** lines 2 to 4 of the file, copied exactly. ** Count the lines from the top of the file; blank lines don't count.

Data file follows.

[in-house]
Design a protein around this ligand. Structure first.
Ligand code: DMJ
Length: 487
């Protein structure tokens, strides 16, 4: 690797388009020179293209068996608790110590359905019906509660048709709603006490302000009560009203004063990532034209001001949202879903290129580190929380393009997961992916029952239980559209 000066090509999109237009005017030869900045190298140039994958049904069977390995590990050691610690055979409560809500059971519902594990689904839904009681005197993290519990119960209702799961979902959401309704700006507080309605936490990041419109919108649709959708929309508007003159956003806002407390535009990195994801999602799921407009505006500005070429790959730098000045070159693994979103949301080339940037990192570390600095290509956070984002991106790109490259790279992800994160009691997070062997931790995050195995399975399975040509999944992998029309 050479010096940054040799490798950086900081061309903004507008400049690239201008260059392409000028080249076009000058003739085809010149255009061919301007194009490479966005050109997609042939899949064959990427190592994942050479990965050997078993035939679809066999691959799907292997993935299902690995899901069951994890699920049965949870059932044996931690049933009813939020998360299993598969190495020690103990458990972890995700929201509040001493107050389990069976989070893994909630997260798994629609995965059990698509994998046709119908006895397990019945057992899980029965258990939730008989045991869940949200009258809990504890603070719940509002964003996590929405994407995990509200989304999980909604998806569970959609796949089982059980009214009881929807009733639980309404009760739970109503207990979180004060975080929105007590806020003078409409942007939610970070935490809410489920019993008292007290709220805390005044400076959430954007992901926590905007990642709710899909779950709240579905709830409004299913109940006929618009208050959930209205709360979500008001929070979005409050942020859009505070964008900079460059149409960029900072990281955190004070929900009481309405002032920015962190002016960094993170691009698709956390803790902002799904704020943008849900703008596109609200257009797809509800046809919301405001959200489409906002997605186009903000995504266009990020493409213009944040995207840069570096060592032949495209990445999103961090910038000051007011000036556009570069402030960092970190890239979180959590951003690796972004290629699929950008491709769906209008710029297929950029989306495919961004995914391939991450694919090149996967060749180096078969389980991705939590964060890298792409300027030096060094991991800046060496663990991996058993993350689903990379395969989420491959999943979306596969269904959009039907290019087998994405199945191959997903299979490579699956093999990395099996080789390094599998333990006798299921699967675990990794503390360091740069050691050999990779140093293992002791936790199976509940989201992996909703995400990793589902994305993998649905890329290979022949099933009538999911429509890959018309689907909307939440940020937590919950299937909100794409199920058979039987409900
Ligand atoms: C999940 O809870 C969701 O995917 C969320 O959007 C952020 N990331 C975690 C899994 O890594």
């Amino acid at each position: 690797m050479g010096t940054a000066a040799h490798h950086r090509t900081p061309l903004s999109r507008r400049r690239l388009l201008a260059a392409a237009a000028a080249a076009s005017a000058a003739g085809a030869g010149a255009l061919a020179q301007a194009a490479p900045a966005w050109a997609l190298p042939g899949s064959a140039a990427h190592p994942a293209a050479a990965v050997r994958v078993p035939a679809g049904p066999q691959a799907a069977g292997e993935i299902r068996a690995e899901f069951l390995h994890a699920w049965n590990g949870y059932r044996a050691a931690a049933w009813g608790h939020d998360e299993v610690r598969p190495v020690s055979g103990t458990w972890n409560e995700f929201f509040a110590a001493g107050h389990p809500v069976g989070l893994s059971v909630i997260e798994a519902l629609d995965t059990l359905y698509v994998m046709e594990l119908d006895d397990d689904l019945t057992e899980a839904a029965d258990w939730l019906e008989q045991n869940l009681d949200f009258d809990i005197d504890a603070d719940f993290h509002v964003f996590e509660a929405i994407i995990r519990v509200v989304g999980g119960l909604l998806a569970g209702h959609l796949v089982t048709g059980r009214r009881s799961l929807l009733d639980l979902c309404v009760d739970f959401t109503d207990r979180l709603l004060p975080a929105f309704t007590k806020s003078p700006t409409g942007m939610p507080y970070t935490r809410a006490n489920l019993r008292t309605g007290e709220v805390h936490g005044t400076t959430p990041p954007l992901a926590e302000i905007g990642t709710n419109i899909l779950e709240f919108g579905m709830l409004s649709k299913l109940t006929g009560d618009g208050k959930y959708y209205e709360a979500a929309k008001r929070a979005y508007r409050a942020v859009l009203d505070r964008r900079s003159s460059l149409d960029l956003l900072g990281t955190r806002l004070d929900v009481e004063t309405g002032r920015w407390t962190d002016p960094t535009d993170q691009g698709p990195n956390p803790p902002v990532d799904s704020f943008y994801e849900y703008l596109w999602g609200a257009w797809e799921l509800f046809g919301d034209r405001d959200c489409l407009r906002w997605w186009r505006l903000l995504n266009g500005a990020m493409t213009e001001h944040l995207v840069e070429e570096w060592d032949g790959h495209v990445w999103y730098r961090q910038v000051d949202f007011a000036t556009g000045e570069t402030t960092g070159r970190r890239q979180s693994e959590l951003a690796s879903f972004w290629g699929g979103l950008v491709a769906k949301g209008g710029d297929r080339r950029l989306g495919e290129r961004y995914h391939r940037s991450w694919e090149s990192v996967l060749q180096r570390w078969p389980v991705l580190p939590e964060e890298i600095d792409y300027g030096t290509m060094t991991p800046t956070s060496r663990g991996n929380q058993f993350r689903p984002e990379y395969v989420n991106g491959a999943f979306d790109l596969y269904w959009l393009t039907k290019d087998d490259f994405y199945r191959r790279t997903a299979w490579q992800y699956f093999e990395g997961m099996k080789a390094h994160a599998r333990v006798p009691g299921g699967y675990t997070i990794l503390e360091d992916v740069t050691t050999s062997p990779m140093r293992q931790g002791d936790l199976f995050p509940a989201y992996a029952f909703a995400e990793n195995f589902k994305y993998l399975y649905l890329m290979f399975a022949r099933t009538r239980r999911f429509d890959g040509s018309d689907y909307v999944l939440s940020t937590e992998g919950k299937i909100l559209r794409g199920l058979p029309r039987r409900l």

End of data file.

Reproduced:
Design a protein around this ligand. Structure first.
Ligand code: DMJ
Length: 487